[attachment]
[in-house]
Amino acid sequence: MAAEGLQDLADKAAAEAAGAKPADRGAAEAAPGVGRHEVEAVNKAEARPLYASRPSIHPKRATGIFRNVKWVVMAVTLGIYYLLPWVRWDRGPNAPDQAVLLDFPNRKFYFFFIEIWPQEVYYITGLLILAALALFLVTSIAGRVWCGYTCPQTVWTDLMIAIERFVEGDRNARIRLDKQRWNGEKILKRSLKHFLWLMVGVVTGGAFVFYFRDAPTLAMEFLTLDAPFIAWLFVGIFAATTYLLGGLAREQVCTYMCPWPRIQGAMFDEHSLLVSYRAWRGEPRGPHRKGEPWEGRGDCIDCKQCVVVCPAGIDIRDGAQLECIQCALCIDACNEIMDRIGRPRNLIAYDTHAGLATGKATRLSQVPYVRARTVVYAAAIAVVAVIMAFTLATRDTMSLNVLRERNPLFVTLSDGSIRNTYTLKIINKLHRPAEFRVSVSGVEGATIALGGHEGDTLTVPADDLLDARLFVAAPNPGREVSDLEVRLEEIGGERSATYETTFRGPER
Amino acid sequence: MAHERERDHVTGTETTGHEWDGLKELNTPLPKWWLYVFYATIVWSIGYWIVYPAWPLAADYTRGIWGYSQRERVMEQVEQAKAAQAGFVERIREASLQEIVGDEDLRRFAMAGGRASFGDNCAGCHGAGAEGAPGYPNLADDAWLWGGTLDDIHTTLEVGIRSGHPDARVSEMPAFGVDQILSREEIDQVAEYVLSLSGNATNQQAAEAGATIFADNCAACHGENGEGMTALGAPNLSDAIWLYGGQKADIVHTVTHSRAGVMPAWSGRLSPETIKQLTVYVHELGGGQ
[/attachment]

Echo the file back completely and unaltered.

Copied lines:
[in-house]
Amino acid sequence: MAAEGLQDLADKAAAEAAGAKPADRGAAEAAPGVGRHEVEAVNKAEARPLYASRPSIHPKRATGIFRNVKWVVMAVTLGIYYLLPWVRWDRGPNAPDQAVLLDFPNRKFYFFFIEIWPQEVYYITGLLILAALALFLVTSIAGRVWCGYTCPQTVWTDLMIAIERFVEGDRNARIRLDKQRWNGEKILKRSLKHFLWLMVGVVTGGAFVFYFRDAPTLAMEFLTLDAPFIAWLFVGIFAATTYLLGGLAREQVCTYMCPWPRIQGAMFDEHSLLVSYRAWRGEPRGPHRKGEPWEGRGDCIDCKQCVVVCPAGIDIRDGAQLECIQCALCIDACNEIMDRIGRPRNLIAYDTHAGLATGKATRLSQVPYVRARTVVYAAAIAVVAVIMAFTLATRDTMSLNVLRERNPLFVTLSDGSIRNTYTLKIINKLHRPAEFRVSVSGVEGATIALGGHEGDTLTVPADDLLDARLFVAAPNPGREVSDLEVRLEEIGGERSATYETTFRGPER
Amino acid sequence: MAHERERDHVTGTETTGHEWDGLKELNTPLPKWWLYVFYATIVWSIGYWIVYPAWPLAADYTRGIWGYSQRERVMEQVEQAKAAQAGFVERIREASLQEIVGDEDLRRFAMAGGRASFGDNCAGCHGAGAEGAPGYPNLADDAWLWGGTLDDIHTTLEVGIRSGHPDARVSEMPAFGVDQILSREEIDQVAEYVLSLSGNATNQQAAEAGATIFADNCAACHGENGEGMTALGAPNLSDAIWLYGGQKADIVHTVTHSRAGVMPAWSGRLSPETIKQLTVYVHELGGGQ